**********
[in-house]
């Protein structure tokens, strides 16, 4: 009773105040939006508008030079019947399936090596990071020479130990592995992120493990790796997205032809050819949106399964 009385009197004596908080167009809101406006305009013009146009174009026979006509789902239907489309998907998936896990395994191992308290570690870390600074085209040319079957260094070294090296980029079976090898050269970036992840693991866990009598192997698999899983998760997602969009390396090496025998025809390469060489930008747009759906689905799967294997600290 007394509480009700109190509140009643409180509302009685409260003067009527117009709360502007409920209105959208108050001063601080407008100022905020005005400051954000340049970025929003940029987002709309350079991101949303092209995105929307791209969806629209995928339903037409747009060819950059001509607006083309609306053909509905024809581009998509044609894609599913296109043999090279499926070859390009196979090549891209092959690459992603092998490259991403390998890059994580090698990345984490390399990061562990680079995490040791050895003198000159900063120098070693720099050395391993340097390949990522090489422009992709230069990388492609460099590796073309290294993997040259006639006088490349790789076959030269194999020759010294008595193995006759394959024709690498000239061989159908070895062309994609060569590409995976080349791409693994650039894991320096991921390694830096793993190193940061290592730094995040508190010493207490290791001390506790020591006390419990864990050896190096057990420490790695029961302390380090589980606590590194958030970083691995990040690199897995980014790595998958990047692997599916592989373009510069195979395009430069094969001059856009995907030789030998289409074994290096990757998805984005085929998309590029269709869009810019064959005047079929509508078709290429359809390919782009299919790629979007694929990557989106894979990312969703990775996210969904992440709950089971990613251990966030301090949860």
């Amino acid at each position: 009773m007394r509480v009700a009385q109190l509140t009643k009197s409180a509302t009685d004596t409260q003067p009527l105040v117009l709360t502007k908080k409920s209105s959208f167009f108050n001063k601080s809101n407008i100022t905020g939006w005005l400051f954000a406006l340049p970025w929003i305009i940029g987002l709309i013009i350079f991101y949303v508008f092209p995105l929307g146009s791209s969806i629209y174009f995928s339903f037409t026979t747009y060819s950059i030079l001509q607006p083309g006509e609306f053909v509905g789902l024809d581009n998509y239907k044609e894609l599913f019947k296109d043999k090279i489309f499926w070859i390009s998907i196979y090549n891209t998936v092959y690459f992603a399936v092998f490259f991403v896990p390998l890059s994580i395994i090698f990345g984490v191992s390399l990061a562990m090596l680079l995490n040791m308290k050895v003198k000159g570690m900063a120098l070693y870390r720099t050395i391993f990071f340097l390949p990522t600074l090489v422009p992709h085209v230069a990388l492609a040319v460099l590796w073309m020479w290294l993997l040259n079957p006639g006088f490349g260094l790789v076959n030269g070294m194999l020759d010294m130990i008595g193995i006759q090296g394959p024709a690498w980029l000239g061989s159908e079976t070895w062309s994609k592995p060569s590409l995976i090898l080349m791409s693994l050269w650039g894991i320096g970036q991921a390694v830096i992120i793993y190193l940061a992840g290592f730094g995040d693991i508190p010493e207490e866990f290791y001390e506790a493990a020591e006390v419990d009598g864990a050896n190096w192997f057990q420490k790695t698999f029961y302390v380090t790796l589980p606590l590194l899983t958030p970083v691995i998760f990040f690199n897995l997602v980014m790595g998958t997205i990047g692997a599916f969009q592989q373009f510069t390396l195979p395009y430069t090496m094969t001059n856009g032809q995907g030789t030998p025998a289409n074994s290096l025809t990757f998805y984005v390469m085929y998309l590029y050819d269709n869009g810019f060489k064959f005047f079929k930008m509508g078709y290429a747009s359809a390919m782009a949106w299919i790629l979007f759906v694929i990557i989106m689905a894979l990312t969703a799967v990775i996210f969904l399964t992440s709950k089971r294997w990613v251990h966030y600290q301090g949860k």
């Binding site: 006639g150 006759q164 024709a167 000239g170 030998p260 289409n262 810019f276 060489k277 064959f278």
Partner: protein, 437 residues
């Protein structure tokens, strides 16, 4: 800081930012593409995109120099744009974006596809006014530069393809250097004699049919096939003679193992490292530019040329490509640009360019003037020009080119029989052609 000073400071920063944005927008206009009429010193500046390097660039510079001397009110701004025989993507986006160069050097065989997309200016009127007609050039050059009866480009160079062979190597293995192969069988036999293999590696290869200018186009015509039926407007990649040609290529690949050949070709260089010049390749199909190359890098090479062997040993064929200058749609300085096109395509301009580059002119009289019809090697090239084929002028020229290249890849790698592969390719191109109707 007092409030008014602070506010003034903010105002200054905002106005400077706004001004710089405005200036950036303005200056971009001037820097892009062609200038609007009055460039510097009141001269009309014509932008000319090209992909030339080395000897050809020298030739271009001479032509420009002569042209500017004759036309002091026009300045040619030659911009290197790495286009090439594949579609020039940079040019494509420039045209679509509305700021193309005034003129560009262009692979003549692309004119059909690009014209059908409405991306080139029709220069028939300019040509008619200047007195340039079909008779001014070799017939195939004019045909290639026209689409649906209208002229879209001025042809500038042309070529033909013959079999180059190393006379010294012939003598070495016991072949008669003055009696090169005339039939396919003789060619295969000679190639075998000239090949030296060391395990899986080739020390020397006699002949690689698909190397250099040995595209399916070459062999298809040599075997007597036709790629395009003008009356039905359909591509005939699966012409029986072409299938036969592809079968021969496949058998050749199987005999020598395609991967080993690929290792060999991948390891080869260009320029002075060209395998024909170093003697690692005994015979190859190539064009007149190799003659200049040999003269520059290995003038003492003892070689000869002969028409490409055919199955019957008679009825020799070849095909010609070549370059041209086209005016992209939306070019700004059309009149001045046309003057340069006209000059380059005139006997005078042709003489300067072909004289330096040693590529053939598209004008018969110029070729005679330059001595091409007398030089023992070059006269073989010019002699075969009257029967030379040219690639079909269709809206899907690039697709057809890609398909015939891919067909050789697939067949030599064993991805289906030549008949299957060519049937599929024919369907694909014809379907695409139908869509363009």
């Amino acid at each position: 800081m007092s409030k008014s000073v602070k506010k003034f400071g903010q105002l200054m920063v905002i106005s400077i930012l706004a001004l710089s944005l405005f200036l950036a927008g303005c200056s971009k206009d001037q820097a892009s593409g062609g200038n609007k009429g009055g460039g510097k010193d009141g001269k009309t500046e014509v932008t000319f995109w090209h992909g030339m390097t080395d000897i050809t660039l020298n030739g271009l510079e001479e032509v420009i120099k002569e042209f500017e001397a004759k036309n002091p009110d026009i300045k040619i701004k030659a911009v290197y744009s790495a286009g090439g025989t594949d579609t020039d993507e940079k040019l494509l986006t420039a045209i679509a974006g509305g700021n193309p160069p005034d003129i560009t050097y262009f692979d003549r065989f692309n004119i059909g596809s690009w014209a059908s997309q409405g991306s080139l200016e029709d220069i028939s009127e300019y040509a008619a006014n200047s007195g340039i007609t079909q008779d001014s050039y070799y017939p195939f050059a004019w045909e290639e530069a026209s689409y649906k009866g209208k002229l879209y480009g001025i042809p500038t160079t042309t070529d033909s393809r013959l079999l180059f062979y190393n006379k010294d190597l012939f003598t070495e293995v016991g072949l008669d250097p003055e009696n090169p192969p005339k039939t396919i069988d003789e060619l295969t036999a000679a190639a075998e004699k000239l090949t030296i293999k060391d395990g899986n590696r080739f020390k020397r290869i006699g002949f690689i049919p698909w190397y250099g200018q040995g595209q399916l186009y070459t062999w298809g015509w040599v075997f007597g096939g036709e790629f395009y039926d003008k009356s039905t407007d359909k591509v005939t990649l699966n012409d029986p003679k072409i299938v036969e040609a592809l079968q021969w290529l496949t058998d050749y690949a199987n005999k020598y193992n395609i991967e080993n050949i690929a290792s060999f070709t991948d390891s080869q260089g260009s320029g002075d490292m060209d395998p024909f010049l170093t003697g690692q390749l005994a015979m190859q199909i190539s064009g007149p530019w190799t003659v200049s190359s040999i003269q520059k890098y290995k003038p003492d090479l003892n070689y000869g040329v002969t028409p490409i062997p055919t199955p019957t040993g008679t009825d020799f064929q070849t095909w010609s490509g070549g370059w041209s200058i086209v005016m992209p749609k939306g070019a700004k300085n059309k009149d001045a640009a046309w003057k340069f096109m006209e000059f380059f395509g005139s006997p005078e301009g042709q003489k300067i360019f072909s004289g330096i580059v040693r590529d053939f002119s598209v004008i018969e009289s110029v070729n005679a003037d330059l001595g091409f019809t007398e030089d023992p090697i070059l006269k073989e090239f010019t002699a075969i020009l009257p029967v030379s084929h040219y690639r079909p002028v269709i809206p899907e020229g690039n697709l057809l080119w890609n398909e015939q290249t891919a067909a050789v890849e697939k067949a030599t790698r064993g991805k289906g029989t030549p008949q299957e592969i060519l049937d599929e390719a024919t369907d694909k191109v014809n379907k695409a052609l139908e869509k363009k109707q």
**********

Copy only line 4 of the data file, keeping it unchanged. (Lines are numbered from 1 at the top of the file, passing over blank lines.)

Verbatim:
């Binding site: 006639g150 006759q164 024709a167 000239g170 030998p260 289409n262 810019f276 060489k277 064959f278």